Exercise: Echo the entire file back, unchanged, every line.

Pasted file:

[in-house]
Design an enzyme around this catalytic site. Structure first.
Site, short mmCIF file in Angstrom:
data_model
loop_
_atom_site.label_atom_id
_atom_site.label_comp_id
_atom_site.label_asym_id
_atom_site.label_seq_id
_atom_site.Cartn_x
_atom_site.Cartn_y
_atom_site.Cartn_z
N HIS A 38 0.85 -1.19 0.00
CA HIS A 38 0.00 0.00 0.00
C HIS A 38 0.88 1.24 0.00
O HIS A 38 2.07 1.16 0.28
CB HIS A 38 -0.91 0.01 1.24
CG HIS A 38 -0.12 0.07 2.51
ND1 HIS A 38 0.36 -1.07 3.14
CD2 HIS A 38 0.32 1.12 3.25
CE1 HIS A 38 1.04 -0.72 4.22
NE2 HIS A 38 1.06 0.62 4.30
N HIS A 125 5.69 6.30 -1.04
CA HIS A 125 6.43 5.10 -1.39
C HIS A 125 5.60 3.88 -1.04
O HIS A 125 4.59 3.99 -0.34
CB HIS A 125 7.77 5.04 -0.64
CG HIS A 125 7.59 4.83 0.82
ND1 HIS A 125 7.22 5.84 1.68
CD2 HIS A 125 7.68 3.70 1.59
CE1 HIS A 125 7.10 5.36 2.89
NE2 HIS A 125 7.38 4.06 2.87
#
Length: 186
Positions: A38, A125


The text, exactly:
[in-house]
Design an enzyme around this catalytic site. Structure first.
Site, short mmCIF file in Angstrom:
data_model
loop_
_atom_site.label_atom_id
_atom_site.label_comp_id
_atom_site.label_asym_id
_atom_site.label_seq_id
_atom_site.Cartn_x
_atom_site.Cartn_y
_atom_site.Cartn_z
N HIS A 38 0.85 -1.19 0.00
CA HIS A 38 0.00 0.00 0.00
C HIS A 38 0.88 1.24 0.00
O HIS A 38 2.07 1.16 0.28
CB HIS A 38 -0.91 0.01 1.24
CG HIS A 38 -0.12 0.07 2.51
ND1 HIS A 38 0.36 -1.07 3.14
CD2 HIS A 38 0.32 1.12 3.25
CE1 HIS A 38 1.04 -0.72 4.22
NE2 HIS A 38 1.06 0.62 4.30
N HIS A 125 5.69 6.30 -1.04
CA HIS A 125 6.43 5.10 -1.39
C HIS A 125 5.60 3.88 -1.04
O HIS A 125 4.59 3.99 -0.34
CB HIS A 125 7.77 5.04 -0.64
CG HIS A 125 7.59 4.83 0.82
ND1 HIS A 125 7.22 5.84 1.68
CD2 HIS A 125 7.68 3.70 1.59
CE1 HIS A 125 7.10 5.36 2.89
NE2 HIS A 125 7.38 4.06 2.87
#
Length: 186
Positions: A38, A125